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09.09.2014 0

Pearlstein is right, time to end corporate welfare

Anti Ecport-Import BankBy Robert Romano

“If the government has no place insuring export loans, then surely it also has no place providing subsidized crop insurance to farmers…”

That was Washington Post columnist Steven Pearlstein, commenting on the imminent demise of the Export Import Bank of the United States, a $27.3 billion a year loan program to supposedly “facilitate exports of goods and services,” according to the bank’s charter. That charter is set to expire later this month pending congressional reauthorization.

But, Pearlstein complains, what about the hundreds of billions of other corporate welfare subsidies and handouts that will continue unabated after Ex-Im is gone?

“[F]or many of the Republican critics, the campaign against the Ex-Im Bank is meant to give the appearance of opposing corporate welfare queens who keep them in office,” Pearlstein wrote.

He’s got a point. Why not also get rid of farm subsidies, crop insurance, and drought relief?

What about flood insurance?

Small business loans?

Or Mississippi River barge subsidies?

Or the U.S. tourism and hotel slush fund?

Or a host of energy subsidies, including the ethanol in gasoline mandate?

Or import quotas on sugar?

And then there’s all of the tax incentives various industries have managed to carve out for themselves in the nation’s gargantuan tax code.

Why not get rid all of those as well? Indeed, why not?

Pearlstein wonders why Democrats do not up the ante against the Republican proposal to shut down the Ex-Im Bank. “What’s really surprising… is that Democrats did not take this opportunity to up the ante on the Republicans by proposing to phase out corporate welfare in all of its forms, including Ex-Im.”

Propose to shut everything down, Pearlstein suggests. Of course, he knows why Democrats won’t do it, acknowledging in his piece, “Naturally, anything House Republicans are against these days, Democrats are for. So we have a Democratic Party — including such crusaders against corporate welfare as Sens. Sherrod Brown (Ohio) and Elizabeth Warren (Mass.) — coming together to defend [the Ex-Im Bank].”

But beyond partisan dementia, perhaps the real danger to corporatism is how little economic impact ending the hundreds of billions of subsidies really would have on the economy. Nobody except the subsidized would even really notice.

“In truth,” Pearlstein acknowledges, “the Union will survive, and the economy will be largely unaffected, whether or not the Ex-Im Bank is reauthorized.”

The same can be said for all of the other aforementioned subsidies. Many of those are kind of small potatoes. Almost nobody would care if, for example, the Mississippi River barges didn’t get their cut of the pie.

So let’s think big. Insurance companies are bound to receive hundreds of billions of Obamacare subsidies over the next ten years. But they don’t need those. They were doing just fine without them. So let’s get rid of them.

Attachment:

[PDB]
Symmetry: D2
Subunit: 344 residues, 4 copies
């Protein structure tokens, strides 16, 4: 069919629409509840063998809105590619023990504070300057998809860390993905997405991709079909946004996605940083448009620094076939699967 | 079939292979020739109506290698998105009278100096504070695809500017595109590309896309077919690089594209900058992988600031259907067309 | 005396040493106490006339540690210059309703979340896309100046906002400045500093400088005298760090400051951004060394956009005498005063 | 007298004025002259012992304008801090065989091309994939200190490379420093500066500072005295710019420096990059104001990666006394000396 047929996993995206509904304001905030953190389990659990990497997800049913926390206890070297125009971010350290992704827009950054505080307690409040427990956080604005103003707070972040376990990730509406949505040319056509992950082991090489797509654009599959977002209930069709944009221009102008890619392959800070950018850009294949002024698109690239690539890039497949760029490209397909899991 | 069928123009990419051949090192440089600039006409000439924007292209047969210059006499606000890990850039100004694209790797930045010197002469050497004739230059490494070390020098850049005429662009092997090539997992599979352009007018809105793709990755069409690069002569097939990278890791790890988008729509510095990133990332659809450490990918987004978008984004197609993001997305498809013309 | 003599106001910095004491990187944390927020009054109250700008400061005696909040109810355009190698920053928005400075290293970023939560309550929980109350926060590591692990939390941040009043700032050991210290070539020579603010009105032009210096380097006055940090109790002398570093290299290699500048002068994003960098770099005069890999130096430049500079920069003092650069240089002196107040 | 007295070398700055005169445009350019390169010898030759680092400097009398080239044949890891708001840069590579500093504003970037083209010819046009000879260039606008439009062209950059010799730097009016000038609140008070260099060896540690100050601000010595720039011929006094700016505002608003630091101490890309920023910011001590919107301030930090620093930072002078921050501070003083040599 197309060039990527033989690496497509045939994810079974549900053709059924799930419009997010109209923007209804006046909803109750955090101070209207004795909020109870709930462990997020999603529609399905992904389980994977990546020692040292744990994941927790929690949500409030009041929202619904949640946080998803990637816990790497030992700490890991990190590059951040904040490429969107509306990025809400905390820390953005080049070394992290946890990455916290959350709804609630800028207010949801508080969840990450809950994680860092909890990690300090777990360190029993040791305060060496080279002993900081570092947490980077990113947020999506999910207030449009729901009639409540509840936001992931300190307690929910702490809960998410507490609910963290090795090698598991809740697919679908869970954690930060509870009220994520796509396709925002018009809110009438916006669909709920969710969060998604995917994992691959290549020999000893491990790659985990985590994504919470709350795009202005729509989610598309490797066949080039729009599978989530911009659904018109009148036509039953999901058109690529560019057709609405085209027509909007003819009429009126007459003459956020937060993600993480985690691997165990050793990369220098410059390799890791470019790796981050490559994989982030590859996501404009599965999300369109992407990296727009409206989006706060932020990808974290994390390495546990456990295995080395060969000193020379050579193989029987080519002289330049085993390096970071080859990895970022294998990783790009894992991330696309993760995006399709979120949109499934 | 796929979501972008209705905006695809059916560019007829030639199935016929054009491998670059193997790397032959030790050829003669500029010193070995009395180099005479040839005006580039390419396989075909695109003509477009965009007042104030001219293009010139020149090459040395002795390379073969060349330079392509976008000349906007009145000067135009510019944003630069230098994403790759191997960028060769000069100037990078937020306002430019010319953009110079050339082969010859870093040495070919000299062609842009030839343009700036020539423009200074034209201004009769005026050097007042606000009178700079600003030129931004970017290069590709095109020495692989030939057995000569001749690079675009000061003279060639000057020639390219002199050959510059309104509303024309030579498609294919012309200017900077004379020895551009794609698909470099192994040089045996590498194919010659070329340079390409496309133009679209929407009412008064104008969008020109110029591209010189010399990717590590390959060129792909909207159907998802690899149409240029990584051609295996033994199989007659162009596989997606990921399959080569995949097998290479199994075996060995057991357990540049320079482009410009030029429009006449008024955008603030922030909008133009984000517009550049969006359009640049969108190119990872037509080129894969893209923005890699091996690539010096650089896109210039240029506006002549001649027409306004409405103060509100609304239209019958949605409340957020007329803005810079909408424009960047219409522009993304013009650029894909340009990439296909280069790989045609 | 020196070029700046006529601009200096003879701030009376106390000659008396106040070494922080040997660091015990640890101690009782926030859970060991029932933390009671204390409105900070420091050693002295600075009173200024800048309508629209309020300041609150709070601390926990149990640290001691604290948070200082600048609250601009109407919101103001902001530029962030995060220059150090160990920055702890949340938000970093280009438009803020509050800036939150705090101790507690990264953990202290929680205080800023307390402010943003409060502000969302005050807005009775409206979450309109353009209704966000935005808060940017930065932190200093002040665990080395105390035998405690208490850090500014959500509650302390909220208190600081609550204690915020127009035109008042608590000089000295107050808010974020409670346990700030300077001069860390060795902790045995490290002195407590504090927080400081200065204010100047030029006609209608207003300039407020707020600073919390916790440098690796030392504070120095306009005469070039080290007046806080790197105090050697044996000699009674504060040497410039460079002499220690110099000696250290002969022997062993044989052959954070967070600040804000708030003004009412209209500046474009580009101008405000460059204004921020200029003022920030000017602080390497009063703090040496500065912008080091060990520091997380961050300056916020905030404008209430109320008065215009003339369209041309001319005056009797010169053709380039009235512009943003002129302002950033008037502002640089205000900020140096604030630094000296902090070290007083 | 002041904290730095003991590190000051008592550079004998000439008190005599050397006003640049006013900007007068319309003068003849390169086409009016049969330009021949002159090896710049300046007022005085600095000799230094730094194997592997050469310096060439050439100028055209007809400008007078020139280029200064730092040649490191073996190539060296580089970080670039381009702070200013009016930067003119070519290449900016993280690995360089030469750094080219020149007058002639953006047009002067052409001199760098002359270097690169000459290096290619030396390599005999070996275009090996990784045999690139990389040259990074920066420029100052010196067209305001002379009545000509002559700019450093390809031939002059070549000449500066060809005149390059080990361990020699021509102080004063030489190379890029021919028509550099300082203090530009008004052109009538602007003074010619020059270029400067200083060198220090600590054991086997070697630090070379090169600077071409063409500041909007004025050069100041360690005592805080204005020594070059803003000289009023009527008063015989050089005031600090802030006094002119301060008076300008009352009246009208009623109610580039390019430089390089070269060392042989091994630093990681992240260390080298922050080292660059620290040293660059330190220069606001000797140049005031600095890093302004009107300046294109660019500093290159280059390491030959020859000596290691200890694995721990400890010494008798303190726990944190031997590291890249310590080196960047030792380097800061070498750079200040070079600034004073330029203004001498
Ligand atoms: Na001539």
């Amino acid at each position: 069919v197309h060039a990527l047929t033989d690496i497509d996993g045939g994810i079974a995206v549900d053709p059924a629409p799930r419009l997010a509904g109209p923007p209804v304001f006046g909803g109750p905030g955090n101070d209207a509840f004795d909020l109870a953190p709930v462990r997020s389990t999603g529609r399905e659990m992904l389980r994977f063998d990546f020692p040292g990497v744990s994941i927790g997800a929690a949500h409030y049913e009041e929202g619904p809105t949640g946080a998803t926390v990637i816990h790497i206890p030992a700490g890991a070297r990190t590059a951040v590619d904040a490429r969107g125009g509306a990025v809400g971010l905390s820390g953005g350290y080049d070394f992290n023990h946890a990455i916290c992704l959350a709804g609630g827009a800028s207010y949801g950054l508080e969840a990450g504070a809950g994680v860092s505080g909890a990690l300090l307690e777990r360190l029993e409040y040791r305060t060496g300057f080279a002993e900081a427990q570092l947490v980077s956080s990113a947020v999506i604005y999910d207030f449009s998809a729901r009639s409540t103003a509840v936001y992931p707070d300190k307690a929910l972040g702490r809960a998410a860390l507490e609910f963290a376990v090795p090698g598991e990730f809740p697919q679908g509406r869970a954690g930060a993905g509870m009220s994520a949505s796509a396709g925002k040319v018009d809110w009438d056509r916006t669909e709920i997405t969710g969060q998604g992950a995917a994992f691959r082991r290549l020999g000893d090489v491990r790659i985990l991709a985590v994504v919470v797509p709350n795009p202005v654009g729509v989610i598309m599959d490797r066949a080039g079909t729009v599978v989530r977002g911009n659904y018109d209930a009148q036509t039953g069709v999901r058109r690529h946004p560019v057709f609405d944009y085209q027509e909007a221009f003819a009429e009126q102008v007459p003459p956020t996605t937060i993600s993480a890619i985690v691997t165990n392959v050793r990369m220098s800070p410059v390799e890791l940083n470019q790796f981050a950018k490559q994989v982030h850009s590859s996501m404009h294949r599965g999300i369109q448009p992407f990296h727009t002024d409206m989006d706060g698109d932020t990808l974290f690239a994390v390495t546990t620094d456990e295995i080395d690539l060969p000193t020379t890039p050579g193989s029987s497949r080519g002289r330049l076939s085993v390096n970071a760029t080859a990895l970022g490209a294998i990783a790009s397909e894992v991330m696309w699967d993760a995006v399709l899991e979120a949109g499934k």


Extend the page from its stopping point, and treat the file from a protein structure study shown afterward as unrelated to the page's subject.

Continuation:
Financial institutions have received trillions of dollars of free subsidies from the Federal Reserve via quantitative easing to purchase back risky mortgage backed securities but also many more U.S. treasuries. The program was unprecedented prior to 2008. Therefore, they don’t need it. No more printing free money for banks.

Government-backed student loans and federal grants are also a major source of funding for higher education institutions both public and private, and have contributed to the skyrocketing cost of tuition in the rush to go to college with many pursuing majors and careers that do not even require a college education in reality. In the process, it is becoming cost-ineffective to take on majors that really do require a degree. So, let’s cut it back. Only do loans for professions for which there is an economic demand, or else, just let private financial institutions provide the financing.

The same could be said for government backing of the housing industry that created that God-awful credit bubble, inflated home values to unaffordable heights, and nearly wrecked the global economy. Let’s stop doing that, too.

Let’s see what would happen. We bet that once all of these subsidized industries were off on their own, and could no longer depend on Congress and faceless bureaucrats for their largesse, a funny thing would happen. It’s called competition.

Instead of perversely competing for government favors and competitive advantage via lobbyists in Washington, D.C., businesses and other institutions would have compete for your business and survive on their own merits. Prices would drop. Consumers would benefit. Of course, then politicians would have to do without their cash cow and means of maintaining power.

Which is probably why it won’t happen and, why, in the end, the Export Import Bank will probably survive, too. But, oh well. One can dream.

Robert Romano is the senior editor of Americans for Limited Government.

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